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Oculus working on Samsung's VR headset - Report

Oculus working on Samsung's VR headset - Report

Wed 09 Jul 2014 2:42pm GMT / 10:42am EDT / 7:42am PDT
Technology

Rift maker said to provide software support for mobile device company's own Gear VR hardware

Samsung is working with Oculus on its new VR headset for mobile devices, according to a SamMobile report. The Samsung-specific news site says the mobile phone maker's previously rumored headset will be called Gear VR, and is set to be announced in September at the IFA consumer electronics show in Berlin.

Samsung is reportedly handling the hardware side of the Gear VR on its own, while Oculus will be working with the company on software.

SamMobile likens the headset to a nicer version of Google's Cardboard viewer, a casing that holds a mobile phone in front of the user's face while software splits the screen into separate images for the left and right eyes. The phone's motion-sensing capabilities will be put to use for head-tracking, and the Gear VR will also include features like a touchpad on the side so users can manage an interface, as well as a "see-through" button to show them the phone's rear camera feed and let them see the real world without removing the headset.

The existence of Samsung's VR headset project was first reported in May. At the time, Samsung was said to be aiming for a price point lower than the Oculus Rift or Sony's Project Morpheus, and attempting to beat both of those products to market.

7 Comments

Dan Tubb Investment manager, Edge

32 165 5.2
Recently got the opportunity to try a version of this. And while I have not used a full Oculus and so have little in way of comparison I do have some observations.

Firstly the head movement works seamlessly and while the overall experience was awesome I have to say that the screen quality was good, but not the HD standard we have come to expect, and this was using a Samsung S4 which I always thought had a great screen.

But evolution in screen quality will come. Overall I really look forward to being able to relax on a long fight and use one of these to watch a movie as if I was in an Imax cinema. Or better yet link to the planes external cameras to make the plane made of glass so I can watch take-off and flying in all directions not just a pokey window.

I know a lot of people were upset with FB buying Oculus, but really, the applications go so much further than games.

Posted:5 months ago

#1

Steve Wetz Reviewer/Assistant Editor, Gamer's Glance

213 529 2.5
Oculus may be too altruistic for its own good. There is definite market overlap here - and the second someone writes an app that allows them to stream a connection from their PC to their phone, they will be sharing the same customer base entirely, even if such a program doesn't work near as well as a stock Rift would.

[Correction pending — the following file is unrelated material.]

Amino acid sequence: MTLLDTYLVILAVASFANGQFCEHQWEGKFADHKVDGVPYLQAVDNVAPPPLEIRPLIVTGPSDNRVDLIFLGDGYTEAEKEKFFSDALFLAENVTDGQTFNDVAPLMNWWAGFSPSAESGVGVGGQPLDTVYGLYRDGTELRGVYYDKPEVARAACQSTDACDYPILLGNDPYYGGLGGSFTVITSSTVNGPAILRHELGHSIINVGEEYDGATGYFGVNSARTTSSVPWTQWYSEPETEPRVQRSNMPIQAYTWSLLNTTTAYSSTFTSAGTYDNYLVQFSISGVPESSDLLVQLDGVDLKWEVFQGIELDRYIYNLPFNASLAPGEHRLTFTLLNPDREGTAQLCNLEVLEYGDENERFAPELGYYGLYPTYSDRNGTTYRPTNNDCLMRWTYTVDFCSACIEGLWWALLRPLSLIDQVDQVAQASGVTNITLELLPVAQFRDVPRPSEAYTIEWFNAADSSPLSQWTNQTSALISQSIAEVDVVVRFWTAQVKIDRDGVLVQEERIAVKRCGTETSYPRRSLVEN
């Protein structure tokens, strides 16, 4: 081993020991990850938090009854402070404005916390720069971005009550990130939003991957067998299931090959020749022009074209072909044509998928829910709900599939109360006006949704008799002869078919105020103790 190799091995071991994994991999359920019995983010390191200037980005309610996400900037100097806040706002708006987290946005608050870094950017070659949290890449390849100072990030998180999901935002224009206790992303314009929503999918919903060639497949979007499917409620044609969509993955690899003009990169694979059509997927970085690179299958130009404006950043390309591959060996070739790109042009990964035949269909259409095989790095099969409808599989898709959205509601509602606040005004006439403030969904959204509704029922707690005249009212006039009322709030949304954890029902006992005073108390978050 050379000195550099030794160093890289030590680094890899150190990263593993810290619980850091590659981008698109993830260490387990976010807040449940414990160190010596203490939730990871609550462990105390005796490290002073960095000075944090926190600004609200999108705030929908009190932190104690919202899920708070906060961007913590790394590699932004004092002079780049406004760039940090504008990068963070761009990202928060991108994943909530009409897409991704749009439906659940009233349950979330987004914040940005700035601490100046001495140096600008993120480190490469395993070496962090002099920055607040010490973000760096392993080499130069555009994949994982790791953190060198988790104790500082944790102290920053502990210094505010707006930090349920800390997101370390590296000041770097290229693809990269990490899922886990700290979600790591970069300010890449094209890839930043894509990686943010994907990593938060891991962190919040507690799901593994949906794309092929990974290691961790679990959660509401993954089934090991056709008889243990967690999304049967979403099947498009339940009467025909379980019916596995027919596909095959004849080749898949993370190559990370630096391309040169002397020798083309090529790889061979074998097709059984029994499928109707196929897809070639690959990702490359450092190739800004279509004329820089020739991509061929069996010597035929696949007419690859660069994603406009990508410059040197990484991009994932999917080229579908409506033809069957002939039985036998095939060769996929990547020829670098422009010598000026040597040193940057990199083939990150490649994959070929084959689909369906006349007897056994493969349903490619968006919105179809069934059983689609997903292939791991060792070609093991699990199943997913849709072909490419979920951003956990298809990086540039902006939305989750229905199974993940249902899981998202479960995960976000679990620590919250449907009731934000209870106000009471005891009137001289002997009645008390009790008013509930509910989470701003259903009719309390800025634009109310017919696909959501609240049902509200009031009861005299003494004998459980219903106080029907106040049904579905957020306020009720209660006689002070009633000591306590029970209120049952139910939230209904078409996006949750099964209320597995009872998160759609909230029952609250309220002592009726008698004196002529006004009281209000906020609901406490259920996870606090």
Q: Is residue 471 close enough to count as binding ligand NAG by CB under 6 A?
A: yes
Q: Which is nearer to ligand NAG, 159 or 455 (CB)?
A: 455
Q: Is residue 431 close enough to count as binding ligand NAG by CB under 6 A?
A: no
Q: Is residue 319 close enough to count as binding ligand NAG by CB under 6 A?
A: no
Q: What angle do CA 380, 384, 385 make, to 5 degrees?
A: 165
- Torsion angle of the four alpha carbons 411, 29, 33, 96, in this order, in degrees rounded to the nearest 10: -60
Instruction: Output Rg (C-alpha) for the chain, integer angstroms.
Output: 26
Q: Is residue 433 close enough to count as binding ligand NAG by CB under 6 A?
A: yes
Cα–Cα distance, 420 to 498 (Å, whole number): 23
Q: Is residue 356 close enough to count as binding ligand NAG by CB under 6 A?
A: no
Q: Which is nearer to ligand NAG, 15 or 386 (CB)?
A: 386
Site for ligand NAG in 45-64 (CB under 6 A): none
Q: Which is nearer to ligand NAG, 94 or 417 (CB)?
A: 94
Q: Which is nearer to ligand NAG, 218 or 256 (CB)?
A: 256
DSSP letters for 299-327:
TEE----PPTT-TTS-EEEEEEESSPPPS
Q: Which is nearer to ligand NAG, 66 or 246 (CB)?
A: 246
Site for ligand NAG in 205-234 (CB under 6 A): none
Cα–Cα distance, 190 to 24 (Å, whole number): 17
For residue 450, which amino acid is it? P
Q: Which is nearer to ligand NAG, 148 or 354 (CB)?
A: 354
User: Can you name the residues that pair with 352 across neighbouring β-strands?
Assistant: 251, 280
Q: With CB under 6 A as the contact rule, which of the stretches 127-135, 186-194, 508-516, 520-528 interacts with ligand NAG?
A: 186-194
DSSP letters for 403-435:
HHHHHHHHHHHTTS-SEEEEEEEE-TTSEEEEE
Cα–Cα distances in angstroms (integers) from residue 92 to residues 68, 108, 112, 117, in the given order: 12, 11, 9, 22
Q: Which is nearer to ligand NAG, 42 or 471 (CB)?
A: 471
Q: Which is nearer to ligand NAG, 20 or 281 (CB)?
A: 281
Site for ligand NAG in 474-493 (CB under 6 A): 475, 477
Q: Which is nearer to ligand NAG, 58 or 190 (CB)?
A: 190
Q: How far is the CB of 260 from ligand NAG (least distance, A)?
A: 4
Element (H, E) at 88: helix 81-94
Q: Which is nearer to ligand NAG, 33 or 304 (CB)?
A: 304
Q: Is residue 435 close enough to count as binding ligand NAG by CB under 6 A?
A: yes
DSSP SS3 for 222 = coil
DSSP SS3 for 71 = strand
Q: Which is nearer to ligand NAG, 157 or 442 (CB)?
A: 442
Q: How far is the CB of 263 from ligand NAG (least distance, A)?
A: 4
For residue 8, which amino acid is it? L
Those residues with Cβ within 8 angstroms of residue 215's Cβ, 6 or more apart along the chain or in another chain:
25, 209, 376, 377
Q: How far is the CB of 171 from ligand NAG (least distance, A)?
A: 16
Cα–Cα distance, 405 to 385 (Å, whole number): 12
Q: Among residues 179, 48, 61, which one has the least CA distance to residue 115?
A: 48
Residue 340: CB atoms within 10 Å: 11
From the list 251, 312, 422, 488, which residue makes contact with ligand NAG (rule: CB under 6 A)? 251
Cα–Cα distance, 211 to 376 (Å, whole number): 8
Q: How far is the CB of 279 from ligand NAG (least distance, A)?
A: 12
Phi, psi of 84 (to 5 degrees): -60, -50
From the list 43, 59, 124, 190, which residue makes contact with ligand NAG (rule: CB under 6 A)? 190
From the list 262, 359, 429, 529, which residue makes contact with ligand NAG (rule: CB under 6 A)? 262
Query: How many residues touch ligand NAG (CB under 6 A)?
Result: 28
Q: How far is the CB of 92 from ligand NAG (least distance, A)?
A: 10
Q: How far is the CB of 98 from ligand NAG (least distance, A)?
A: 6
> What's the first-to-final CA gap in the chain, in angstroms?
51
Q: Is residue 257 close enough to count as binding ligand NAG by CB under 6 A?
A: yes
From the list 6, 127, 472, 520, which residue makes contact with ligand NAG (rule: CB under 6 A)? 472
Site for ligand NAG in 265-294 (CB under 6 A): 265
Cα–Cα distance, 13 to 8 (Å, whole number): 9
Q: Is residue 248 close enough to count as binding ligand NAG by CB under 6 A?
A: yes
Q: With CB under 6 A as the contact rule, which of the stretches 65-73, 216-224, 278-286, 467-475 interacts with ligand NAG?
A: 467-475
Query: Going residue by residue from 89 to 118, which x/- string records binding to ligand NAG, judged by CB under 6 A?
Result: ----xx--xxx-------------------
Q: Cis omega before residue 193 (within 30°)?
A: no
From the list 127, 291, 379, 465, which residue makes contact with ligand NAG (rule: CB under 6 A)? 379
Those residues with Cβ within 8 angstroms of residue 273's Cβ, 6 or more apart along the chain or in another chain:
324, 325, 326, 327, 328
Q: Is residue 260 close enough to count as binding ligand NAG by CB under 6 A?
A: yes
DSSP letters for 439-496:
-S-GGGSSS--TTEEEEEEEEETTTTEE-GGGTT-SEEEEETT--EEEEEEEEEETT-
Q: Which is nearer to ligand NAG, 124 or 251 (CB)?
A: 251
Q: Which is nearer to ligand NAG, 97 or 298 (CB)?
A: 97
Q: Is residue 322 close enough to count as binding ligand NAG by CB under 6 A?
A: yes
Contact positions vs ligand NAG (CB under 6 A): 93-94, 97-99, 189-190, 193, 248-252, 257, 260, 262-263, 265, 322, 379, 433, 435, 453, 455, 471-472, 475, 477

Maybe someone should tell Oculus to not make the mistake Zenimax did and let their employees work on projects for other companies?

Posted:5 months ago

#2

Shawn Clapper Programmer

34 66 1.9
@Steve Wetz
I really don't think it's bad in this case. Considering how new headset technology is, having more companies market and sell it can only be a good thing. If it was only Oculus it might become too obscure for the average user, however once it becomes an "in" thing they will feed off each other to generate exposure and sales.

Just like a bunch of tornado movies coming out at the same time, or everyone releasing block games, it's good for all in the genre. One product generates interest in the next and the next and the next.

Posted:5 months ago

#3

Soma Content Creator

25 0 0.0
This Industry is so funny. Since November 2013 there is an amazing headset out there, affordable, sustainable, which works with all the good smartphones and this news is like none: Watch their real feedbacks on Amazon and watch this: http://www.youtube.com/watch?v=XwAD2mMpn_w

Posted:5 months ago

#4

Matthew Hardy Studying Multimedia/Game Design, ITT Technical Institute

42 105 2.5
To equate a phone in a box with the Oculus Rift is to not understand either.

Posted:5 months ago

#5

Steve Wetz Reviewer/Assistant Editor, Gamer's Glance

213 529 2.5
@Shawn Clapper,

Try this at a different company. Say you work for Honda. But Toyota is making a new car that is similar to the model you work on at Honda. So you propose to your boss that you would like to go to Toyota and help them finish their work on what will likely be a direct competitor to your company's product. Anyone think that request would be approved?

@Matthew Hardy,

Your assumption only works for people who have actually tried a Rift. I'm referring to the general consumer here. This product is intended to be a VR headset. Whether it is immersive, of similar design, or powerful enough to deliver a quality experience is irrelevant. If you ask the question, "Will some people buy this instead of the Oculus Rift?" and the answer is yes, Oculus probably shouldn't help them. It's just not smart business, particularly for a company that hasn't released anything to the public.

Posted:5 months ago

#6

Matthew Hardy Studying Multimedia/Game Design, ITT Technical Institute

42 105 2.5
Steve, Oculus has no choice but to help Samsung. They're the only company capable of producing the high res screens in the numbers they need at a decent price. As it stands now, the Rift uses a single 1080p screen that is split for the viewer. What they want is a 2k screen at around 5 inches but they don't exist. They've convinced Samsung to manufacture 1440p screens in exchange for helping with the device mentioned in the article.

Posted:5 months ago

#7

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